When you’re in command, life is supposed to be pretty soft. You get the better pay, better housing, better recreational stuff, and so on. You don’t charge the enemy lines; you order others to do that. You don’t sleep in a muddy foxhole, other do that. My Dad commanded a unit in North Africa and Italy, and he had a couple times when being a commander was not so great.
In Italy, in an open grassed field ringed by trees on three sides, he and the convoy he led pulled over and stopped for lunch. As he and his buddy Kane broke out their C-Rations, Kane groaned and grumbled, and dreamed of all the food he’d eat once he got home: fresh milk, Kentucky bourbon, a steak, and so on.
Then there was an explosion, off in the field. Sean, one of the new enlisted men sat slumped on the ground. He’d wandered into a minefield. Dwight, Sean’s buddy was frantic. Of course he wanted to go rescue his friend. My dad moved to the back of his truck and started to pull out a stretcher.
“Robbie, what y’all doin’?” Kane said, keeping his voice low. “You can’t do this.”
“He’s one of my ‘kids,’ Kane,” Robbie snapped. “I can’t leave him.”
He pulled out the stretcher and headed for the edge of the field. Dwight stepped up next to him and offered to help. My Dad was unsure about that. He knew that the field was full of what were known as Johnny Jump Ups: anti-personnel mines, which were spring-loaded. You hit the trip wire, the spring releases, and the mine shot up into the air to about waist height. Then it went off, and the shrapnel could take out an entire squad.
Entering the field, Dwight was full of nervous energy; he pulled my Dad along. My Dad chose his steps carefully and tried to hold Dwight back. Tiny wires dotted the ground around them as they moved toward Sean. Getting near him, Sean’s wounds became more apparent. His left leg was shattered, flesh torn, and bones protruding. He used his bloodied hands to try and hold his intestines into his slashed lower abdomen, with limited success. My Dad took in the scope of the injuries. He slowly shook his head, even as Dwight remained anxious and upbeat. A wire was in his path. He didn’t see it, or the rock right in front of him. A trip, a stumble, and he fell directly on the wire. The mine tried to pop up, but only managed to lift his abdomen up a bit.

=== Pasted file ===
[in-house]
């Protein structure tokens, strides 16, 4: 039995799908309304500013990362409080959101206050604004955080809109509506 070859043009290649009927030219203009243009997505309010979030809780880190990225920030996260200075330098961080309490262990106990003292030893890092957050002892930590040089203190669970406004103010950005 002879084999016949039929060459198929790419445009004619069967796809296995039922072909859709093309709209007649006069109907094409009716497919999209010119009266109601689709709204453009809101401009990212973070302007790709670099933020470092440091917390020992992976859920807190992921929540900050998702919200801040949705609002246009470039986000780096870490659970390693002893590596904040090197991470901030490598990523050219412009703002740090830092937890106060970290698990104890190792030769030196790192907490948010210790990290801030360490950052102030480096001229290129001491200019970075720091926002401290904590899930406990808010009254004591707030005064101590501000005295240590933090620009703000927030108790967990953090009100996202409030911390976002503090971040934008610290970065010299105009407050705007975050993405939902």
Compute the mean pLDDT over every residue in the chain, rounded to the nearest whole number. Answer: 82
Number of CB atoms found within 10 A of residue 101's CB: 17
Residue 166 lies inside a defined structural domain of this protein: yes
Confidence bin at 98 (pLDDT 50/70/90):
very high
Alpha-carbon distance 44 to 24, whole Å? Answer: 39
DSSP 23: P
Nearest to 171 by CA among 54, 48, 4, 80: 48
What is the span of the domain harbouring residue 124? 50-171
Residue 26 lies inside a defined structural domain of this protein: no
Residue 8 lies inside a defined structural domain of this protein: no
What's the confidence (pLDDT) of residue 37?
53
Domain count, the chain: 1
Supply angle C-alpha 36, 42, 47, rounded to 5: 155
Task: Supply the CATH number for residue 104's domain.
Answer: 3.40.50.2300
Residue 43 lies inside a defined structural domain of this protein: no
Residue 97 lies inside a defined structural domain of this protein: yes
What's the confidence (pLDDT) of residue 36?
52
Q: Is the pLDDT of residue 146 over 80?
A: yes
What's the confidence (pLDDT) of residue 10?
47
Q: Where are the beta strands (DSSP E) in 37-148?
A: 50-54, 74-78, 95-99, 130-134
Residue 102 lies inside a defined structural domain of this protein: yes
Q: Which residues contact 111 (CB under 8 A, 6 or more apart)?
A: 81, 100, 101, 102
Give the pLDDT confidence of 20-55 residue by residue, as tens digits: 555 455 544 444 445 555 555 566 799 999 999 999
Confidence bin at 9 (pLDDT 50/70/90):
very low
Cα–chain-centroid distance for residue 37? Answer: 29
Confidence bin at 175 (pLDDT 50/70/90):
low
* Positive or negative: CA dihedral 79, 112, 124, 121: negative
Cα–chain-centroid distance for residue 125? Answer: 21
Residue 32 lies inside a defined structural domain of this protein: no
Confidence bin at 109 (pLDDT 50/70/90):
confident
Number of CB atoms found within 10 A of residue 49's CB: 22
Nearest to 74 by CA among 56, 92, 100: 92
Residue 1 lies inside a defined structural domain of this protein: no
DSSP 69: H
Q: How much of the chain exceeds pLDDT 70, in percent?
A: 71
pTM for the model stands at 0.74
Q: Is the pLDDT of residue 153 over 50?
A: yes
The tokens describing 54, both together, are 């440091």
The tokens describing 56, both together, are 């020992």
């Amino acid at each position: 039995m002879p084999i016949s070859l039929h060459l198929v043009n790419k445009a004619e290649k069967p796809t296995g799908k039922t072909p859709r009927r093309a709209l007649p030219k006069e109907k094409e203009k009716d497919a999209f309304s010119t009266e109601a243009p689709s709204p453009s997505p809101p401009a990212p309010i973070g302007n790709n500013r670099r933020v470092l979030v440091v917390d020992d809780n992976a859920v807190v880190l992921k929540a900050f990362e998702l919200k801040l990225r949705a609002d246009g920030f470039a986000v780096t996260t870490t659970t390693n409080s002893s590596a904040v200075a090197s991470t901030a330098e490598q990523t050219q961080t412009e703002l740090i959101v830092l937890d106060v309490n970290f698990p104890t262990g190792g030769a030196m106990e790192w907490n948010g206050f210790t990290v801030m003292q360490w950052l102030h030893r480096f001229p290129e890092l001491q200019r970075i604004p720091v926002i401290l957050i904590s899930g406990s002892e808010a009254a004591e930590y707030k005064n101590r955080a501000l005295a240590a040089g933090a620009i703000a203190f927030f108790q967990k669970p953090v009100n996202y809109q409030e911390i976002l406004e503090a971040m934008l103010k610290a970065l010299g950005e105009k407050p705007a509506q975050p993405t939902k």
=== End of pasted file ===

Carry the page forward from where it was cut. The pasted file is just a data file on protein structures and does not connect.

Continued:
Boom! The mine exploded. Splat! Dwight was torn in half, and my Dad was drenched in blood and guts. He was shaken; he stumbled and sunk to his knees, using the stretcher as a support. Sean raised a shaky hand, and waved at my Dad as his head trembled. He slumped to the ground and died. My Dad hung his head and sobbed. A tear ran down his bloodstained cheek. He wiped it away.
“Stop it!” he ordered himself. He reached out and patted Dwight’s leg. “I’m sorry, kid.” He put his hands together in prayer. “Heavenly Father, I pray you accept the souls of these two fine boys, who died much too soon. They gave their lives in service to their country, an honor I wish on no man. May the warmth of your love ease the pain their mothers will soon suffer? Amen.”
He got to his feet and slowly made his way cautiously out of the field, and back to the others. The men gathered around as he stripped off his bloodstained shirt, grabbed a canteen, and washed his face.
“Robbie, what happened; another mine?” Kane said.
“Yeah; come on, mount up, we’re leaving,” he ordered.
Edward, another of the new soldiers, stammered. “What? B-but Dwight and–”
“They’re casualties of war,” Robbie said, trying to sound commanding. “We can't stay here. The Krauts or Italians may have heard those explosions. I’m also not risking any more men. So, come on, move!
My Dad pulled out a clean shirt from the back of the truck and put it on. He headed for the cab of his truck, even as the men looked at each other, dumbstruck. He could hear them whispering: heartless, soulless, and other similar comments. He said nothing; he didn’t even let on that he’d heard a thing.
Later, in the lead truck, Kane drove as my Dad wrote a letter, sorrow cutting into his heart. Now and then, Dad dabbed the paper to keep it dry. Kane, ever the true buddy, kept his eyes on the road and whistled a spritely tune to cover the sounds of my Dad’s…consternations.
“How many of them has you wrote?” Kane finally said.
My Dad sighed and cleared his throat. “Too many,” was all he could choke out, barely above a whisper.
Such is the true burden of command.
Combining the gimlet-eye, of Philip Roth, with the precisive mind of Lionel Trilling, AJ Robinson writes about what goes bump in the mind, of 21st century adults. Raised in Boston, with summers on Martha's Vineyard, AJ now lives in Florida. Most of the time he writes, but sometimes he works at Disney World to renew his fantasies and get a few dollars more. AJ writes, with insight and passion, about his family and his dog. His liberal, note the small "l," sensibilities often lead to bouts of righteous indignation, well focused and true.
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